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Lode's Computer Graphics Tutorial Fourier Transform

An image can be blurred by, for each pixel, calculating the weighed average of that pixel and it'sneighbours, using a convolution matrix: that's the way Photoshop and Paint Shop Pro do it, forexample, you can create such a convolution matrix with the "User Defined" filter in these programs.But, since the convolution in the spatial domain is the same as a multiplication in the frequencydomain, we can also blur an image, by multiplying the spectrum with the transfer function of a lowpass filter. The transfer function of a low pass filter makes all high frequency components zero or atleast weakens them, while keeping or amplifying the low frequency ones.For very blurry blurs, a very large convolution matrix is required, and this would require a lot ofcalculations. Taking the Fast **Fourier** **Transform**, then multiplying the spectrum, and then taking theInverse FFT, goes much faster for heavy blurs. You can also create much nicers blurs easier and moreintuitively by using the spectrum.The more high frequencies you remove of the spectrum, the blurrier the image, and the morecalculations would be needed in the spatial domain:

In the above images, a circular section of the spectrum is left. You can also, for example, keep a squareone, but round ones should give nicer blurs:High Pass FiltersA high pass filter on an image keeps only the high frequency components. Since, by applying a highpass filter, the DC component of the spectrum is removed too, the resulting image can have negativepixel values that can't get drawn. To overcome this, the high pass filter of Photoshop adds 128 (half ofthe maximum value 255) to each color component the resulting pixels, so grey represents zero. Here,we'll look at the positive part of the image, the amplitude (revealing the negative values), and the imagewith the DC component added again instead.A high pass filter is exactly the opposite of the low pass filters, so now a circular section in the centerof the spectrum is removed. On the left is the resulting positive real part of the image, in the center thespectrum with the circle removed, and on the right the amplitude of the image:To see much better what's going on, add the DC component to it again:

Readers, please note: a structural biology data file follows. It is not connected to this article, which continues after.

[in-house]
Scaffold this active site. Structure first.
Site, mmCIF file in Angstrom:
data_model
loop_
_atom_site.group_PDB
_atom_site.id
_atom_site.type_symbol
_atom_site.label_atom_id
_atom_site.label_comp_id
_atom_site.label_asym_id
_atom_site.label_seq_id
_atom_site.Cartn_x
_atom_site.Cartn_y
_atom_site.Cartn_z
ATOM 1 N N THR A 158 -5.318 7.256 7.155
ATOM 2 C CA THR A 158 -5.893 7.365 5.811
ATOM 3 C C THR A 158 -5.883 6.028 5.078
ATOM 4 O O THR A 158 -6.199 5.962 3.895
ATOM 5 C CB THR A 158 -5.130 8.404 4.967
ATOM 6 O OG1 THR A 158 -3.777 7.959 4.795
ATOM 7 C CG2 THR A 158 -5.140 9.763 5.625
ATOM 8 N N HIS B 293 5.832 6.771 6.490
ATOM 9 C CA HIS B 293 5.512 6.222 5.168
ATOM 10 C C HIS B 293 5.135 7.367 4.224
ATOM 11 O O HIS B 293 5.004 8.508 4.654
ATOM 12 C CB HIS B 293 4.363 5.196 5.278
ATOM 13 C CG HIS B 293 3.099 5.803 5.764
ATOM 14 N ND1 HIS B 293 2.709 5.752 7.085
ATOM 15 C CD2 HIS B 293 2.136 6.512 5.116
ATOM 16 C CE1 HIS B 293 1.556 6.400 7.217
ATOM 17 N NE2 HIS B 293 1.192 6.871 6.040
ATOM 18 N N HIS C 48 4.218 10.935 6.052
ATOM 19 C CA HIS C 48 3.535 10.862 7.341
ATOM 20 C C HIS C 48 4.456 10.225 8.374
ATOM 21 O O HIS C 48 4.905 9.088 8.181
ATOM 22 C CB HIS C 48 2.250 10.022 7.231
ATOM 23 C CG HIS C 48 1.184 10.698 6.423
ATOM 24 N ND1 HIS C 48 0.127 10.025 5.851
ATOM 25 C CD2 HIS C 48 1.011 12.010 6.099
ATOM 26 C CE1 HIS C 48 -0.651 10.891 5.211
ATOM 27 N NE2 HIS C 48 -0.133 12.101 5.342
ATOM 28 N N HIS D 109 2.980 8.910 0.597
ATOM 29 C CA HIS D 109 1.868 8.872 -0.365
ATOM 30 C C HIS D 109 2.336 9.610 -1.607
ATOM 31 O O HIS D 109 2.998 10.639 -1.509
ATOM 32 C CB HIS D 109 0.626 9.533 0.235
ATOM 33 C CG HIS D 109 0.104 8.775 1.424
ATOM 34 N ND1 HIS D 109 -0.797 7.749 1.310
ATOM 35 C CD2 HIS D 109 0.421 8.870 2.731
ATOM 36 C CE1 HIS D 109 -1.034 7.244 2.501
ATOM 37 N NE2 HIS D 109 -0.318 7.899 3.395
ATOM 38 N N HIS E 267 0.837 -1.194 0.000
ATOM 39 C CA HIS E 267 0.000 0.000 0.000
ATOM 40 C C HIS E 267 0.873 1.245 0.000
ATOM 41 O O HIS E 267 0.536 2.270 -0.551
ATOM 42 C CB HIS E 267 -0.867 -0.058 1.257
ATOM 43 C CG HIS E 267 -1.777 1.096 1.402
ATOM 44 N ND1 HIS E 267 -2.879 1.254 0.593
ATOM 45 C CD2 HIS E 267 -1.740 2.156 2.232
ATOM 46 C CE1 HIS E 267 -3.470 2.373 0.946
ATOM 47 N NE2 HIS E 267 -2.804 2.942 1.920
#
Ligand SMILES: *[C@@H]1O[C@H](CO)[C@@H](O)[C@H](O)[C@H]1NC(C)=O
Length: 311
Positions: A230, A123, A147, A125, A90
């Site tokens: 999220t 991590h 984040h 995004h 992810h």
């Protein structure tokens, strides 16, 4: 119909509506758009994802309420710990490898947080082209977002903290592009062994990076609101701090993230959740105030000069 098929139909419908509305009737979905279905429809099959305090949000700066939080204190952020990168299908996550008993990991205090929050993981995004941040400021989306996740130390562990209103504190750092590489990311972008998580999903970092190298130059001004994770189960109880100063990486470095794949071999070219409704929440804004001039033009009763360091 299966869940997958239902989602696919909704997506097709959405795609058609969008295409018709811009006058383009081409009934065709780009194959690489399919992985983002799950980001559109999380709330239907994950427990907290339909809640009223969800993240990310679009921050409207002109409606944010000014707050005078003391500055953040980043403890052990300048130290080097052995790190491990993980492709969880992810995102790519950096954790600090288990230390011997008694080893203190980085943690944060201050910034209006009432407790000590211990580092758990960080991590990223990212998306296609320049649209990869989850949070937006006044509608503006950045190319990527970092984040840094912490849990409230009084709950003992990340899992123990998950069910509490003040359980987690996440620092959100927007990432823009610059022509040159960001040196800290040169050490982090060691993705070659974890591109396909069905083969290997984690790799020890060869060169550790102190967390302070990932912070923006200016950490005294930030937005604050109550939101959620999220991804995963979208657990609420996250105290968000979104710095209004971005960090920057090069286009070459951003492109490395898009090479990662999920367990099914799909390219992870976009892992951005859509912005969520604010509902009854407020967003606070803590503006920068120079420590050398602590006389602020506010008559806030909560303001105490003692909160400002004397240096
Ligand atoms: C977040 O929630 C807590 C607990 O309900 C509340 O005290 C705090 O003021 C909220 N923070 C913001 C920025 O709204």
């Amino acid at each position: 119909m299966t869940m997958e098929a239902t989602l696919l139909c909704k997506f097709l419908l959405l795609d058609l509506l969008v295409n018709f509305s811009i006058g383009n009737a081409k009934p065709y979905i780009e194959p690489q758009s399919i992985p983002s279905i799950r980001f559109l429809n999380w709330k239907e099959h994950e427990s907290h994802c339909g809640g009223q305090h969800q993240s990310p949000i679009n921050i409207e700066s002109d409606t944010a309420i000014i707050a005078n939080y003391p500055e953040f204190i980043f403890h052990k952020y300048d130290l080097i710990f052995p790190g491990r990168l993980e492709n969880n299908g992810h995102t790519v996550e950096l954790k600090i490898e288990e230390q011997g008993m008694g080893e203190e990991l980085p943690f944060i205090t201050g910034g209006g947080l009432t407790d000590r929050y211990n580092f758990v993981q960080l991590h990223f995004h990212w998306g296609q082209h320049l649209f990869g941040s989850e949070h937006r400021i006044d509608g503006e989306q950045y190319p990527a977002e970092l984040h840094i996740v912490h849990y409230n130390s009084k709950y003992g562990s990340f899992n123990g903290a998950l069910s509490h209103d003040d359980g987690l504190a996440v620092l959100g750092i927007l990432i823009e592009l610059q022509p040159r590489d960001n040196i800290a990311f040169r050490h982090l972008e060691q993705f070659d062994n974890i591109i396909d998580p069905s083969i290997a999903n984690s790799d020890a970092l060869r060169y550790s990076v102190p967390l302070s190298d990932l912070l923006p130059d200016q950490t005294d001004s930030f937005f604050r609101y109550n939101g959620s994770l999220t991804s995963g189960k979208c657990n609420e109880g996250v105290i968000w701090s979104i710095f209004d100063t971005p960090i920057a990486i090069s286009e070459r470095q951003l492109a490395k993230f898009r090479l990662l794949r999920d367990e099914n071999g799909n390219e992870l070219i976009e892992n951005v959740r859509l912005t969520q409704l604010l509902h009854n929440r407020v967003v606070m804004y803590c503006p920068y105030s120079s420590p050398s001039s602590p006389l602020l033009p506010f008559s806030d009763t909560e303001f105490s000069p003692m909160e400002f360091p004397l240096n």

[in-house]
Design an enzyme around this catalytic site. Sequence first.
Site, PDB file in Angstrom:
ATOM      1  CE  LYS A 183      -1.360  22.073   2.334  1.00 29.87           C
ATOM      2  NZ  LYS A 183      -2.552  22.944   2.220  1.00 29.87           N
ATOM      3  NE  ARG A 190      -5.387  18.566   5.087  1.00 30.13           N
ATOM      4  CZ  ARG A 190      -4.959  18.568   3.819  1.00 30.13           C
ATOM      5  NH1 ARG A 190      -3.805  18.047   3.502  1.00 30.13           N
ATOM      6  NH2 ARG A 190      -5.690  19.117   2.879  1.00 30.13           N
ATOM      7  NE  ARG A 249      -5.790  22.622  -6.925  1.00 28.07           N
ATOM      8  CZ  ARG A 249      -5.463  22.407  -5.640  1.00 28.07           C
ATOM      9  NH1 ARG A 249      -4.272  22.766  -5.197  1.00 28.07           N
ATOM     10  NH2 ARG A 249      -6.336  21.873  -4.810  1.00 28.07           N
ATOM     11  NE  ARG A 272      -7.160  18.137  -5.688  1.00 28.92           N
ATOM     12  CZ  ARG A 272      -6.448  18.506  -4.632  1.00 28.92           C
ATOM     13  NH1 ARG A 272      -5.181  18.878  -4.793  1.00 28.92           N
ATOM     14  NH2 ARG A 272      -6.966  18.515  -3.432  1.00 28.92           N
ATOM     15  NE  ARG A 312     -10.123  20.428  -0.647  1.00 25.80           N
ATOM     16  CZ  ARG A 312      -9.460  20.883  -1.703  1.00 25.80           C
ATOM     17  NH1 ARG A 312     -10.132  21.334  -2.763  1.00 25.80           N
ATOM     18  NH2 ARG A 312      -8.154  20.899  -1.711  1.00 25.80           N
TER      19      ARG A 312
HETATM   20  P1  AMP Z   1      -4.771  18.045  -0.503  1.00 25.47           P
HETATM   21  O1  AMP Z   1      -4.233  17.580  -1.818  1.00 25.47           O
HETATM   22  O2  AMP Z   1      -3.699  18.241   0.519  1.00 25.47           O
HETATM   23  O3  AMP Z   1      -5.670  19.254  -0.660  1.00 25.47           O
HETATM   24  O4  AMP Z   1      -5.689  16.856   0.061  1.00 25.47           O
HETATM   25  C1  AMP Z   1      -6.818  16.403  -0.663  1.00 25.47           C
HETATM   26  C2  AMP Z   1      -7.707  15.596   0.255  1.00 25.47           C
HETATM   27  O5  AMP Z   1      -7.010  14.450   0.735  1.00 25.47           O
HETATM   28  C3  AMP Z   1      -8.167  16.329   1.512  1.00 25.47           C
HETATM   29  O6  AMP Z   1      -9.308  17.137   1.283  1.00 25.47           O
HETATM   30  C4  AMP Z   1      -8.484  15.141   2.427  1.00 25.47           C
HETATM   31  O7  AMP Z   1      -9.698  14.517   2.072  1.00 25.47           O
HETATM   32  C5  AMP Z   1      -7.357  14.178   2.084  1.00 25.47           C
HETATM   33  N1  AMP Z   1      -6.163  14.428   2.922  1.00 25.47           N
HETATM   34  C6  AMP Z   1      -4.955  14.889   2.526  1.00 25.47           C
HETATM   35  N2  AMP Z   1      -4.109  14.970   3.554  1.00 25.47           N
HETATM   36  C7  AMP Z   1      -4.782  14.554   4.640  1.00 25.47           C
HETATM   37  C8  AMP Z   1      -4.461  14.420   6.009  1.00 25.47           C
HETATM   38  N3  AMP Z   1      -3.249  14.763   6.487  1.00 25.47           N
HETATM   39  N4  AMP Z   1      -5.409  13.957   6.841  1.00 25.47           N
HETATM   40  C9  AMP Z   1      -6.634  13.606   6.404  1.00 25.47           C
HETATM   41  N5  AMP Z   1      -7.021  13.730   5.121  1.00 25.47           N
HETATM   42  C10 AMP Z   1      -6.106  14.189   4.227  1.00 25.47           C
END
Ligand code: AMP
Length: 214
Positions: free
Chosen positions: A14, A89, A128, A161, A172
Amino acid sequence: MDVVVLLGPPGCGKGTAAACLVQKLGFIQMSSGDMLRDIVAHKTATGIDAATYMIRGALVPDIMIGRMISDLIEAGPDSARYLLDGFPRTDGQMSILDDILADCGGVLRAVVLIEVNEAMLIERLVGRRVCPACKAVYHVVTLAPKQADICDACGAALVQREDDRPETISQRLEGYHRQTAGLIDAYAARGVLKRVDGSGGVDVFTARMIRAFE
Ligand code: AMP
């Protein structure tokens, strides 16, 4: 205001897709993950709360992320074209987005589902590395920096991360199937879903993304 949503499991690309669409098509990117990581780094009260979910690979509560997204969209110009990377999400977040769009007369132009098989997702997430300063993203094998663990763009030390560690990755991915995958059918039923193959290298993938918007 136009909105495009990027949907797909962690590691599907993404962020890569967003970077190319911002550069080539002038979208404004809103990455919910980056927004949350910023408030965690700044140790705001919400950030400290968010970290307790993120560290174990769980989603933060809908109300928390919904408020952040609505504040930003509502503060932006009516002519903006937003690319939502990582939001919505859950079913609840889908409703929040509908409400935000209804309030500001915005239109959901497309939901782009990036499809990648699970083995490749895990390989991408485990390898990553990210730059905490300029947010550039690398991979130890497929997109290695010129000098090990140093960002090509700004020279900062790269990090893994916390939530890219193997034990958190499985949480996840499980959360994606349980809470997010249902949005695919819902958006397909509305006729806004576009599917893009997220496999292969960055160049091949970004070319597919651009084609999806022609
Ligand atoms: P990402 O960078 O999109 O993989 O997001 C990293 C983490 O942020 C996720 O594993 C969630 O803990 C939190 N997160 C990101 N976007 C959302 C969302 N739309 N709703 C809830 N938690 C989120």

- Page 1 and 2: Lode's Computer Graphics TutorialFo
- Page 3 and 4: would have a single peak. A spectru
- Page 5 and 6: The spectrum is positive everywhere
- Page 7 and 8: This looks already much more progra
- Page 9 and 10: that remains at fixed position, whi
- Page 11 and 12: It takes 4 arrays as parameters: *g
- Page 13 and 14: FFT, which uses only O(n*logn) oper
- Page 15 and 16: FiltersIn the Fourier Domain, it's
- Page 17 and 18: Now the keys all change the spectru
- Page 19 and 20: A HP FilterHere, the same is done w
- Page 21 and 22: The main function first loads an im
- Page 23 and 24: And here's the Fast Fourier Transfo
- Page 25 and 26: left corner at xpos,yPos. The shift
- Page 27 and 28: would have only 2 color channels, o
- Page 29 and 30: The sloped lines in the spectrum he
- Page 31 and 32: shown here, the code for all keys i
- Page 33 and 34: }calculateAmp(N, M, fAmp[0][0], fRe
- Page 35: component back.This is the original
- Page 39 and 40: It looks pretty ugly, because there
- Page 41 and 42: And here's the result of a much thi